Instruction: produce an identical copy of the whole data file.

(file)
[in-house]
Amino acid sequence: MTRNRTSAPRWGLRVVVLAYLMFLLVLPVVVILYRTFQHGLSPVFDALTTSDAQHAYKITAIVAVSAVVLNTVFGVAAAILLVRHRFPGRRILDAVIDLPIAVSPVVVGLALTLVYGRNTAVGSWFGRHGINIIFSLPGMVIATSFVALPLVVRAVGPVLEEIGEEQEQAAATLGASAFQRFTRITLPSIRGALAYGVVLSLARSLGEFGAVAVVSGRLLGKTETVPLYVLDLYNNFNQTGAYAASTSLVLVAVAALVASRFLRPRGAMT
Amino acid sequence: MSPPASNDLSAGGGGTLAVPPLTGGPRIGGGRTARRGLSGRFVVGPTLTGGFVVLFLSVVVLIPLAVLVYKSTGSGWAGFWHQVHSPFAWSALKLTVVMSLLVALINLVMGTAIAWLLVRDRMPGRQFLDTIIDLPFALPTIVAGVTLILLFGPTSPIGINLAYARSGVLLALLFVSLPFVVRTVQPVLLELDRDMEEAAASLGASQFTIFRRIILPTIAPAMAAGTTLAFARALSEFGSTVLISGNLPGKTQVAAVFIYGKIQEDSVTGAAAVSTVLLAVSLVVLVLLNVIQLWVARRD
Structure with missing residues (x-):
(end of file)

[in-house]
Amino acid sequence: MTRNRTSAPRWGLRVVVLAYLMFLLVLPVVVILYRTFQHGLSPVFDALTTSDAQHAYKITAIVAVSAVVLNTVFGVAAAILLVRHRFPGRRILDAVIDLPIAVSPVVVGLALTLVYGRNTAVGSWFGRHGINIIFSLPGMVIATSFVALPLVVRAVGPVLEEIGEEQEQAAATLGASAFQRFTRITLPSIRGALAYGVVLSLARSLGEFGAVAVVSGRLLGKTETVPLYVLDLYNNFNQTGAYAASTSLVLVAVAALVASRFLRPRGAMT
Amino acid sequence: MSPPASNDLSAGGGGTLAVPPLTGGPRIGGGRTARRGLSGRFVVGPTLTGGFVVLFLSVVVLIPLAVLVYKSTGSGWAGFWHQVHSPFAWSALKLTVVMSLLVALINLVMGTAIAWLLVRDRMPGRQFLDTIIDLPFALPTIVAGVTLILLFGPTSPIGINLAYARSGVLLALLFVSLPFVVRTVQPVLLELDRDMEEAAASLGASQFTIFRRIILPTIAPAMAAGTTLAFARALSEFGSTVLISGNLPGKTQVAAVFIYGKIQEDSVTGAAAVSTVLLAVSLVVLVLLNVIQLWVARRD
Structure with missing residues (x-):